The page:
Some people who should know better say the fight for women's health, for reproductive choice and privacy, is a distraction from "real issues." That too much time and energy is being spent on a peripheral concern. It's certainly true that this matter ought not to be up for debate. It ought to have been settled long ago. It's true that progressives and the nation as a whole should be spending all our time dealing with public policy on the economy, on the environmental crisis and energy, on foreign affairs, on education, on the bloated military-industrial complex, on taxes and spending, on keeping right-wingers and moderate enablers of right-wingers out of office from the city council level all the way to the White House.
But our enemies give us no choice. Presidential candidates, congresspeople, state legislators and assorted censorious private-sector busybodies empowered by the Vatican or Rush Limbaugh or their own twisted view that everybody should be beholden to their assessment of what's right for every woman to do with her own body have ramped up their crusade in the past couple of years. What had been a steady nibbling away at women's legal right to abortion has become a full-blown assault that has spilled over into promoting controls on who can use contraception and for what purpose.
We can discuss all day long the origins and hypocritical, double-standard, patriarchal and parochial underpinnings of those who are carrying out this assault. But that takes time away from putting a stop to it, from fighting it head-on and from moving from self-defense to offense. Besides making things tougher to pass the worst such laws, as happened with Virginia's transvaginal ultrasound bill, turning the tables on these benighted reactionaries is what liberals/progressives/leftists ought to be doing.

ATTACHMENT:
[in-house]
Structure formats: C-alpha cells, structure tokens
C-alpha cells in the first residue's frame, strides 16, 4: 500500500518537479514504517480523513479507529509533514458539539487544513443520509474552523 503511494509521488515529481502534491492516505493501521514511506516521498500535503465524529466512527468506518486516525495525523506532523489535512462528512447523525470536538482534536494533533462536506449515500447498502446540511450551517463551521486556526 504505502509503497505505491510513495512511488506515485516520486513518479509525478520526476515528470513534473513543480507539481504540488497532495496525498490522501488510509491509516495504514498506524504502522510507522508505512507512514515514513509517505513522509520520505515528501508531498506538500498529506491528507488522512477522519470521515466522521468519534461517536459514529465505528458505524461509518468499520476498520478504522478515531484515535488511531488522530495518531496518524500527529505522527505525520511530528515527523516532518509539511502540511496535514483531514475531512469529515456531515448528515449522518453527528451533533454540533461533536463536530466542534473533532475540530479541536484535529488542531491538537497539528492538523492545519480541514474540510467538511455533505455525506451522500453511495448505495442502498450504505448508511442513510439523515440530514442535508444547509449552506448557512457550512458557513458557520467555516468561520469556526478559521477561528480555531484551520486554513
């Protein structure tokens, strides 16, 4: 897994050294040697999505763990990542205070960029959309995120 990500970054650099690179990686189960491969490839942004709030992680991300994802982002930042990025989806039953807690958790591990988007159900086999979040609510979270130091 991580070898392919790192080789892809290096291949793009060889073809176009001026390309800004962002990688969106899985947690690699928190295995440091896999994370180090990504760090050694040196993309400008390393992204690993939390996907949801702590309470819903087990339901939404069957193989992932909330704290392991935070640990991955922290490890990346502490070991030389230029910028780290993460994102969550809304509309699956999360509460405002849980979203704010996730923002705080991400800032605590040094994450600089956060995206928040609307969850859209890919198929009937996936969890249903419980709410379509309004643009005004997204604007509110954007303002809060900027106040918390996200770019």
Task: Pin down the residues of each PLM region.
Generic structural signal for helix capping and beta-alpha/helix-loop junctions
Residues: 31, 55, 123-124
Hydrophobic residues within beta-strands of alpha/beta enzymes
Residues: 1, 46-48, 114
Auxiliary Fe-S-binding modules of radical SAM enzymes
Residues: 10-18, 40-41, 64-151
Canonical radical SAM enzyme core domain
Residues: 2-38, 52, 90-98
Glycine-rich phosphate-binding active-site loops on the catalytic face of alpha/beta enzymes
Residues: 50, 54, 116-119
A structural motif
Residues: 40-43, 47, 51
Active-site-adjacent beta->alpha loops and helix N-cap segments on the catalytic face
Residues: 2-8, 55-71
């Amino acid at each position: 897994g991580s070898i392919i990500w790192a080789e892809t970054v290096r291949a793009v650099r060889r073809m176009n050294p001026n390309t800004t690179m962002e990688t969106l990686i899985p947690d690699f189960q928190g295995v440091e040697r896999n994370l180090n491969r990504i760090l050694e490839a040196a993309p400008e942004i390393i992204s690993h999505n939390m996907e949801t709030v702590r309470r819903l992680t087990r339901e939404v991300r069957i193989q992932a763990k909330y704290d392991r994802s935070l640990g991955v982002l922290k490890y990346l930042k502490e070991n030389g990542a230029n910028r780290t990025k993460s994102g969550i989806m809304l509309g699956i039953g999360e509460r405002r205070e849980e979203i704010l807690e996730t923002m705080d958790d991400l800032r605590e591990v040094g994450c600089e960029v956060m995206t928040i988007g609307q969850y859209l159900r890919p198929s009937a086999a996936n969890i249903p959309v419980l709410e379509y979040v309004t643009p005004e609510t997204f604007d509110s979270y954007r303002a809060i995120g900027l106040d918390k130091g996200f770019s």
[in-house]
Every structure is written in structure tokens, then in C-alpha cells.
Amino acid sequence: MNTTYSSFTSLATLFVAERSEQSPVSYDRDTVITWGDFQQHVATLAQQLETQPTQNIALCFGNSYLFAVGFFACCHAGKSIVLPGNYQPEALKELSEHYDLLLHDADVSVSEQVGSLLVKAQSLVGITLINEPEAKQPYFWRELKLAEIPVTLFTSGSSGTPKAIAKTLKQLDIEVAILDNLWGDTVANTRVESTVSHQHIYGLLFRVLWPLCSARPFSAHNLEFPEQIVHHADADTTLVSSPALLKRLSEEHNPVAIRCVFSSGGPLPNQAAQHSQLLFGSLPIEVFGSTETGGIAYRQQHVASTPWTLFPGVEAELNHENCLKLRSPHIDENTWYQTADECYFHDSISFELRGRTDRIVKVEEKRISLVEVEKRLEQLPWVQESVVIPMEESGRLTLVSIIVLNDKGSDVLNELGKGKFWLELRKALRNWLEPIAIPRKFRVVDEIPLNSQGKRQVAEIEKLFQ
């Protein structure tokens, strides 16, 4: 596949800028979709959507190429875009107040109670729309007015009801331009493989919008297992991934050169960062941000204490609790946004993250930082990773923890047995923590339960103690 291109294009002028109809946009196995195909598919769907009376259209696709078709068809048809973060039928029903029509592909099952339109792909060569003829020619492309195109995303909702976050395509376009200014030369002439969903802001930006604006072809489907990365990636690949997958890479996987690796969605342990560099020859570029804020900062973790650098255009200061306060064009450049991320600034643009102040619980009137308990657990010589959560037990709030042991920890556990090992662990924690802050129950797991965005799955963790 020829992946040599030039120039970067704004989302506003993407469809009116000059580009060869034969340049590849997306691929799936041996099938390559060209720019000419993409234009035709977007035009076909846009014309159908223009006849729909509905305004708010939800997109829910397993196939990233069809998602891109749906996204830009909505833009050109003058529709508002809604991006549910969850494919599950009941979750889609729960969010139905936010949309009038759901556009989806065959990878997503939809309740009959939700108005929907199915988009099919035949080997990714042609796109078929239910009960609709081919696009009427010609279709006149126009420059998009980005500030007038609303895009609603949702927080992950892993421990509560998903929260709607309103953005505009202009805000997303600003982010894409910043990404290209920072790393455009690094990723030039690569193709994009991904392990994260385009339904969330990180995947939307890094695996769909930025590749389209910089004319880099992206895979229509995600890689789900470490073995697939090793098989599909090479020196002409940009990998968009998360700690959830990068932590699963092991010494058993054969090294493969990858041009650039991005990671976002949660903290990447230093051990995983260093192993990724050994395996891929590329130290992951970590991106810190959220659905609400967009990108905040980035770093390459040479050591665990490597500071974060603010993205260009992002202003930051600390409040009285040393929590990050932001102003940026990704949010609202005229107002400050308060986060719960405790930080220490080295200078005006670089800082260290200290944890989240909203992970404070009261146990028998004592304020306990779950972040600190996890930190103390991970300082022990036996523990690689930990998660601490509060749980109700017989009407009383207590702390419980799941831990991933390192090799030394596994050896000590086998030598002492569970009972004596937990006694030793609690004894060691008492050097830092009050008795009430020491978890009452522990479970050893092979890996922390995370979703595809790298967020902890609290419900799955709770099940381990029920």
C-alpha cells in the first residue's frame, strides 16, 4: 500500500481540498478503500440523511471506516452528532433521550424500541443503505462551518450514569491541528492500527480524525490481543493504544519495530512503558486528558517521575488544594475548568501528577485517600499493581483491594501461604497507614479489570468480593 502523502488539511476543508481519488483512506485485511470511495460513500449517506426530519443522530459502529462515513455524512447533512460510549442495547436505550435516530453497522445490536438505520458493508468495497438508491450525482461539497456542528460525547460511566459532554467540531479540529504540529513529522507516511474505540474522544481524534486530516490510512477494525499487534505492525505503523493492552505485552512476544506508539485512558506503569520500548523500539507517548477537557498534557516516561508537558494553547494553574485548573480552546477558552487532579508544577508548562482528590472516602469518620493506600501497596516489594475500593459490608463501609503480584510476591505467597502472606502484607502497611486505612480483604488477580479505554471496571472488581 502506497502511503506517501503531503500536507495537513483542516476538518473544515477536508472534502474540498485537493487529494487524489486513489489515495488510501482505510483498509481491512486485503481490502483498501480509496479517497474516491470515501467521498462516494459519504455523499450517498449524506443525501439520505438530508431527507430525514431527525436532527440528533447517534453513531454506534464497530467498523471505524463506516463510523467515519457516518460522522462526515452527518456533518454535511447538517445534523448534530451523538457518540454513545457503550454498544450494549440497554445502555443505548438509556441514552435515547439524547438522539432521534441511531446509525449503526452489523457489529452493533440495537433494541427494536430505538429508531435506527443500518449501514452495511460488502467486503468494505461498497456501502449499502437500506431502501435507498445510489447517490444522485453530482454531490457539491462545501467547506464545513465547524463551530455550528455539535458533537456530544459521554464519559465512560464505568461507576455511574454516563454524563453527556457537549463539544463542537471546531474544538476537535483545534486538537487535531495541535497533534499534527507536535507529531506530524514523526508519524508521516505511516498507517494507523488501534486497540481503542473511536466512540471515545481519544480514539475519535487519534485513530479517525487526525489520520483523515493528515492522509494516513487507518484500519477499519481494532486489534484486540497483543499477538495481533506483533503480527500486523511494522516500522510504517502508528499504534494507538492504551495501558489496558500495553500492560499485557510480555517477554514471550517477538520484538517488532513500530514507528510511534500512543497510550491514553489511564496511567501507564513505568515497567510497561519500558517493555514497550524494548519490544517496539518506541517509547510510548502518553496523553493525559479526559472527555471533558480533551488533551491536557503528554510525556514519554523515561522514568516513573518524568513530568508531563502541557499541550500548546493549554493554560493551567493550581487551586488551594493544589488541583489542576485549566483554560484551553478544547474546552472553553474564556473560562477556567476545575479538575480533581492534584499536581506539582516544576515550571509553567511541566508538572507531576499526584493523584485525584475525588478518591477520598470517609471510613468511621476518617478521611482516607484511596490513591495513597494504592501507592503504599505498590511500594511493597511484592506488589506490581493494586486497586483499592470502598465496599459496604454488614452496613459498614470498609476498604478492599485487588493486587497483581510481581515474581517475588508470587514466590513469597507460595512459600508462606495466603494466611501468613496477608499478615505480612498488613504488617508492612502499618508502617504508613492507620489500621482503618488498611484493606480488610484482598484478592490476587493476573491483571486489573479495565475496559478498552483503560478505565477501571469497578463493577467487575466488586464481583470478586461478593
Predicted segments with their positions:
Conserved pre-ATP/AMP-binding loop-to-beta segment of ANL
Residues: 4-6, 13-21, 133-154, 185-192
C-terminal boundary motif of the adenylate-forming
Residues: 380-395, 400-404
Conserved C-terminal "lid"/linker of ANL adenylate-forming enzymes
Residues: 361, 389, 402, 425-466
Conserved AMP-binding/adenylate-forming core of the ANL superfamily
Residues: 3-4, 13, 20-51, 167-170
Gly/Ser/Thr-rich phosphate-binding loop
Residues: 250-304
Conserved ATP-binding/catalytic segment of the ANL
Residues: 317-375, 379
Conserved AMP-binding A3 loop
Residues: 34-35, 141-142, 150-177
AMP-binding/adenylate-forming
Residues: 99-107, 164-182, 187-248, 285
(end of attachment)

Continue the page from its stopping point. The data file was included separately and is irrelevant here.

In the battles we've had pushing back against these reactionary attacks, some hard-to-ignore allies have joined us. They oppose what we oppose and/or support what we support and we can make gains by getting others to do likewise. For instance, the Pennsylvania Medical Society, as Joan McCarter points out in her diary, opposes requiring ultrasounds before abortions. You can sign a petition asking the American Medical Association to add their opposition to forced ultrasounds here.
Self-defense is, of course, essential. But the goal of merely hanging onto what we've got when what we've got includes the Hyde Act that punishes poor women and religious conscience laws that permit pharmacists to refuse to fill prescriptions for women who have been raped is simply not enough. That self-defense battle must continue, of course. Not least because the forced-birthers are always coming up with new attacks, like personhood laws that make fertilized eggs equal to human beings already born.
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What do you get when you combine Mitt Romney and Lucille Bluth? Hilarity..
I haven?t played the new Mass Effect (I don?t have a device that can run it!), but I have heard a lot about the controversy surrounding the ending. Here is a quick thought: It seems clear to me that the entire game is ?the ending,? as would be the case in any kind of trilogy. That the last 10 minutes aren?t what players expected doesn?t negate the fact that players had a real part in how the proceeding 30 hours unfolded.
Of course Goldman Sachs is involved in a predatory lending scheme.
Barbara Ehrenreich on the pervasive notion that poverty is the result of a bad attitude.
I was catching up on Key & Peele last night, and thought this skit was hilarious: